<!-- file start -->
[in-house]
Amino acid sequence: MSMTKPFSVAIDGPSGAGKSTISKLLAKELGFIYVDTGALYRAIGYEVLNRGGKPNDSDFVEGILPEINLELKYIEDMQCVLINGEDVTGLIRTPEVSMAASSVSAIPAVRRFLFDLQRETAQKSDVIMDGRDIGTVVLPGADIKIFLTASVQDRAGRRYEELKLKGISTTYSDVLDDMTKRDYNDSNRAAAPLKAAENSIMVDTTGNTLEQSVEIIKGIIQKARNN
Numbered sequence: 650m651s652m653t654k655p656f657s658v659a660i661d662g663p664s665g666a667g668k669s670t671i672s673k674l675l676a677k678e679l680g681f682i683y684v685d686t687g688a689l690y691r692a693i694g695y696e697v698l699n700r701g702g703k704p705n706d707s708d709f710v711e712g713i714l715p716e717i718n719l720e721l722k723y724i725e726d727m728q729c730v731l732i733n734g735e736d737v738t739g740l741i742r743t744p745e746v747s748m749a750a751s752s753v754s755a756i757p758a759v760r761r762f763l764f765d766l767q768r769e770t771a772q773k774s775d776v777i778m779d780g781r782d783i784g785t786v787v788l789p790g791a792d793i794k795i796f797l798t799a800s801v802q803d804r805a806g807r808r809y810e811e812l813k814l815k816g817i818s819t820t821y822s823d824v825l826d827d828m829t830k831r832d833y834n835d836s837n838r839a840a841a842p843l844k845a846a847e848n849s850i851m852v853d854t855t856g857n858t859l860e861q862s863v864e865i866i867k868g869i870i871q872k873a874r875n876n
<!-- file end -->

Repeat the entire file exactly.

[in-house]
Amino acid sequence: MSMTKPFSVAIDGPSGAGKSTISKLLAKELGFIYVDTGALYRAIGYEVLNRGGKPNDSDFVEGILPEINLELKYIEDMQCVLINGEDVTGLIRTPEVSMAASSVSAIPAVRRFLFDLQRETAQKSDVIMDGRDIGTVVLPGADIKIFLTASVQDRAGRRYEELKLKGISTTYSDVLDDMTKRDYNDSNRAAAPLKAAENSIMVDTTGNTLEQSVEIIKGIIQKARNN
Numbered sequence: 650m651s652m653t654k655p656f657s658v659a660i661d662g663p664s665g666a667g668k669s670t671i672s673k674l675l676a677k678e679l680g681f682i683y684v685d686t687g688a689l690y691r692a693i694g695y696e697v698l699n700r701g702g703k704p705n706d707s708d709f710v711e712g713i714l715p716e717i718n719l720e721l722k723y724i725e726d727m728q729c730v731l732i733n734g735e736d737v738t739g740l741i742r743t744p745e746v747s748m749a750a751s752s753v754s755a756i757p758a759v760r761r762f763l764f765d766l767q768r769e770t771a772q773k774s775d776v777i778m779d780g781r782d783i784g785t786v787v788l789p790g791a792d793i794k795i796f797l798t799a800s801v802q803d804r805a806g807r808r809y810e811e812l813k814l815k816g817i818s819t820t821y822s823d824v825l826d827d828m829t830k831r832d833y834n835d836s837n838r839a840a841a842p843l844k845a846a847e848n849s850i851m852v853d854t855t856g857n858t859l860e861q862s863v864e865i866i867k868g869i870i871q872k873a874r875n876n